The matrix multiplier and solver unit 506 then solves the set of linear equations by substitution to obtain the set of filter coefficients in vector h_{1}. The matrix multiplier and solver 506 receives W^{−1 }and solves for a vector y:
solving for y
y=W^{−1}XZ Equation 22
The matrix multiplier and solver 506 also receives W^{Transpose−1 }and uses solution to equation 22 to solve for h_{1 }as follows:
solving for h
h_{1}=W^{Transpose−1}y Equation 23
Vector h_{1 }is then released at the output forming a signal including a set of N filter coefficients Hnew 206. It is to be appreciated that other methods and implementations for solving a set of linear equations using Cholesky decomposition are possible without detracting from the spirit of the invention. For example, although the implementation depicted in
Wy=AZ Equation 24
and
W^{Tranpose}h_{1}=y Equation 25
can be done as well to derive vector h_{1}.
The generated set of filter coefficients Hnew 206 is then released at the output 356 of the coefficient generation unit 200.
Performance Evaluation Unit 202
In accordance with a specific implementation, the performance evaluation unit 202 characterizes the error function associated with adaptive filter 170 on the basis of the knowledge of the amplitude of the first signal Z 102 and of an estimate of the amplitude of the forward signal Y 106.
As was described previously, the error function can be expressed by equation 15 reproduced below:
E[z _{k} z _{k} ^{T}]_{t} error_function*=E[y_{k} z _{k}]_{t}. Equation 15
In order to characterize the error function of the adaptive filter 170, a single tap filter is considered. In a single point tap system where E[z_{i}z_{i} ^{T}]_{t }has a single data element and E[y_{i}z_{i}]_{t }has a single data element, equation 15 can be written as follows:
Solving for the error function at time t we obtain:
where
For the purpose of deriving a mathematical model to characterize the error function, an assumption is made that signal Z 102 and signal Y 106 are substantially independent of one another and are white. For the purpose of this specification, a signal S is white if E(S_{i}S_{j})≈0 for i≠j and signals S and Q are independent if E(S_{i}Q_{j})≈0 for all i,j. The above assumptions allow considering that the error added by each sample pair is an independent variable which can be described by the following expression:
where z_{k }and y_{k }are the kth samples of signals Z 102 and Y 106 respectively and error_{k }is the kth component of the error function due to the kth samples of signals Z 102 and Y 106. The error function can be considered as the sum of the errors added by the samples. In statistics, the above described error function can be considered to be a random variable. In order to characterize this random variable, the mean and the variance (or alternatively the standard deviation) can be computed. Since signal Z 102 and signal Y 106 are assumed to be independent, the mean of this random variable is 0 and it will be shown below that the standard deviation can be given by:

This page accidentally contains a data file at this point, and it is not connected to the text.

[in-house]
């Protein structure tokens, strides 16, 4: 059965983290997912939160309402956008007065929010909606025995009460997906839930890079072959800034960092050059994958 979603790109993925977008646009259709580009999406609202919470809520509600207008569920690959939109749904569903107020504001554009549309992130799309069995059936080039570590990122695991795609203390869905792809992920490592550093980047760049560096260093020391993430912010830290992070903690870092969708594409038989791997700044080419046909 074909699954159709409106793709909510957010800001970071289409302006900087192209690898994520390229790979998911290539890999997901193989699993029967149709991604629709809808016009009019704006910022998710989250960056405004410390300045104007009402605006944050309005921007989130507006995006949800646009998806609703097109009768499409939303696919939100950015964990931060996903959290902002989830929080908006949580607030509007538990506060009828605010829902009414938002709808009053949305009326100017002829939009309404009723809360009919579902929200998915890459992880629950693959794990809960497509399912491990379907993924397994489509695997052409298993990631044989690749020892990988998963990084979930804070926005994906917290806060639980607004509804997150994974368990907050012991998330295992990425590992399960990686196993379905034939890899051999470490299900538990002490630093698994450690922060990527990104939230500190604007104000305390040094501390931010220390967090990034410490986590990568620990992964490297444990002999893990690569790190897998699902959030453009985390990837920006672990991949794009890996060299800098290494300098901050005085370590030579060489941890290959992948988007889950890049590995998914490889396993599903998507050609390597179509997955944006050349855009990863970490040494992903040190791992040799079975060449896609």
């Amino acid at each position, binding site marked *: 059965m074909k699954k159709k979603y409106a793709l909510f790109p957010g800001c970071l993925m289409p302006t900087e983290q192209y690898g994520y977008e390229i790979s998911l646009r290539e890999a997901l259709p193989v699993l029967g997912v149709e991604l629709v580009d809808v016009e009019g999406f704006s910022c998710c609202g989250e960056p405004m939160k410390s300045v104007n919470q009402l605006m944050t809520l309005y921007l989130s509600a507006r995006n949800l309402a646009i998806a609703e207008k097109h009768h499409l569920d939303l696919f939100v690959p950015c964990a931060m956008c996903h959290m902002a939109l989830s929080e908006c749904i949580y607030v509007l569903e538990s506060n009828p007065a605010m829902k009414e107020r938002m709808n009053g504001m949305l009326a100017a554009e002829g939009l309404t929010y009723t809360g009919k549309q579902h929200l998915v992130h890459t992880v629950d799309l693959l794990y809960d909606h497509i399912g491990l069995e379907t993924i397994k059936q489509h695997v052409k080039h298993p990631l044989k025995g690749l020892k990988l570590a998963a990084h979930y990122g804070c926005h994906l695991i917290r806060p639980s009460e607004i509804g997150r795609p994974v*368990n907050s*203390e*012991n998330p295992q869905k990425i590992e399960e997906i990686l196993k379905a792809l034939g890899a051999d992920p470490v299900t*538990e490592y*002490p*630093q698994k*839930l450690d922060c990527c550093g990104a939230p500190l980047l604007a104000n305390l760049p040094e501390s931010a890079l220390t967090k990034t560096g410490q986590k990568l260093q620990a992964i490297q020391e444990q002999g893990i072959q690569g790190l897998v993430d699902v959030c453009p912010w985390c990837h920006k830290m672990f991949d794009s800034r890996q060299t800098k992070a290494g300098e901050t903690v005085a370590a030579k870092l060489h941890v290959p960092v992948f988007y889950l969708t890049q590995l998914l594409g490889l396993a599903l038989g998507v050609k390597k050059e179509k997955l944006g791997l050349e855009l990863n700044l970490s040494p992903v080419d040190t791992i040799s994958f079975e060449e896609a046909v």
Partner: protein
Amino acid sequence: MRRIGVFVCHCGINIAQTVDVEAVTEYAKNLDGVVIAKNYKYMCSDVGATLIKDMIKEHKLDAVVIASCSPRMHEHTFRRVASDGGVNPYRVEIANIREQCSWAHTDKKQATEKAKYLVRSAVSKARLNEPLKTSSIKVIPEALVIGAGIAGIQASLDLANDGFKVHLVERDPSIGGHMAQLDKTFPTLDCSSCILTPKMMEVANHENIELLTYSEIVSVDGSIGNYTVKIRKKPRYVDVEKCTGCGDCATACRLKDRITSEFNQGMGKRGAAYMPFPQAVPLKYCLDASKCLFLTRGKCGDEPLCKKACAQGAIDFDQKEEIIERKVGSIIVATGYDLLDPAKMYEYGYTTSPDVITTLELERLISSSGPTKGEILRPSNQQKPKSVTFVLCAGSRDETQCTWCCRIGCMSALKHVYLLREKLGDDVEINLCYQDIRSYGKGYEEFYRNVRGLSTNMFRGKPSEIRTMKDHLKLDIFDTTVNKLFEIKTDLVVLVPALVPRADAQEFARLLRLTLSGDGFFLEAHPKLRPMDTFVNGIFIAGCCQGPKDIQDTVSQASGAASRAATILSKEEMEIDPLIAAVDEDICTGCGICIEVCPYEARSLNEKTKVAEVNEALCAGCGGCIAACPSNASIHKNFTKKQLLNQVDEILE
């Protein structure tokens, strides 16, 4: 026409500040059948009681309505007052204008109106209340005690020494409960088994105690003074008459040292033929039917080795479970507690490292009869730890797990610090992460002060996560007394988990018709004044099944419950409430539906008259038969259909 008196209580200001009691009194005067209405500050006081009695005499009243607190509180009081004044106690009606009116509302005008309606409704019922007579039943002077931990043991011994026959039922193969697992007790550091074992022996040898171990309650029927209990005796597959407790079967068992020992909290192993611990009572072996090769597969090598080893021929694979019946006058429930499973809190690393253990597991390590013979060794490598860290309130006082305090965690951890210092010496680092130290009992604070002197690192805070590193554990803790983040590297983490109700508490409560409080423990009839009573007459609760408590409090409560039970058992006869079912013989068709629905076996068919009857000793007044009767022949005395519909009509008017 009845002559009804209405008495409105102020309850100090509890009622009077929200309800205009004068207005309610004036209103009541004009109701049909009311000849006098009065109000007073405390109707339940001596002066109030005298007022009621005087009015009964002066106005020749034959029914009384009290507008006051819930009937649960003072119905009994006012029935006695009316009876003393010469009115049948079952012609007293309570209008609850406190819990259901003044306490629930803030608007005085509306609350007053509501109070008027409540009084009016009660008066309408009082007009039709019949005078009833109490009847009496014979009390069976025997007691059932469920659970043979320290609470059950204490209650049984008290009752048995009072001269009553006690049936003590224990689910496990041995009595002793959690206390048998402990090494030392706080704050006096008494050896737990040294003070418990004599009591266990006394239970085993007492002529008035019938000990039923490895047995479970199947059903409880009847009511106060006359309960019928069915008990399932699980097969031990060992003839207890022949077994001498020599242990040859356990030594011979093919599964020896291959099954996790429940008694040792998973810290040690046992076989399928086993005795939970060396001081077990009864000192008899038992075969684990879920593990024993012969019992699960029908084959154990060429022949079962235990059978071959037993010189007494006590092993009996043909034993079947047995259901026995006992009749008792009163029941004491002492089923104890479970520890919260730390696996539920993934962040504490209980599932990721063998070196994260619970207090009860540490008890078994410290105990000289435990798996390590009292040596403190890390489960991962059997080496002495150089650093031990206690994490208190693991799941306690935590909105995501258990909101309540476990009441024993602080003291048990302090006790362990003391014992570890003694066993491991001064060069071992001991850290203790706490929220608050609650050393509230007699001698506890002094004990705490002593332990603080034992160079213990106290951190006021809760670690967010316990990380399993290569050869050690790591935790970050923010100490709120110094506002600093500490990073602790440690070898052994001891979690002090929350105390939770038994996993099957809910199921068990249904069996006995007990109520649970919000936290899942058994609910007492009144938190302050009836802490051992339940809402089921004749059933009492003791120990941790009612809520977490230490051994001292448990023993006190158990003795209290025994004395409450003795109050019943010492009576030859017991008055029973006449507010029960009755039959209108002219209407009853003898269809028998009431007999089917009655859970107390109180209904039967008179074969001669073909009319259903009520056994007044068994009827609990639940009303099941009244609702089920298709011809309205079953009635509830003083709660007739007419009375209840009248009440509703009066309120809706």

The error inserted at each pair of samples {z_{i},y_{i}} can be represented mathematically by the following:
If the error components inserted at each pair of samples are equal to one another an are assigned equal weight, standard deviation of the error function after t samples can be expressed by the following expression:
When each sample has an error that is different from the other and has a different weight, the standard deviation of the error function can be expressed as the division of two terms namely the average error over time and the number of samples conditioned by the weight. The average standard deviation of the error function can be expressed as follows:
where w_{i }is a weight value associated to a given error component. The square root of the number of samples conditioned by the weight, which corresponds to √t of Equation 31, can be given by:
Therefore the standard deviation computation can be reduced to the following expression:
In a least squares context, the weight w_{k }of the error for each sample k is z_{k}z_{k}. Therefore, in the current specific example, the standard deviation of the error function can be expressed as follows:
which can be reduced to the following:
In statistics, it is well known that when an unbiased estimator of the variance (or standard deviation) of a set of sample is to be obtained, the sample number is reduced by “1” to obtain an unbiased effective sample set. The effective sample set can be expressed by: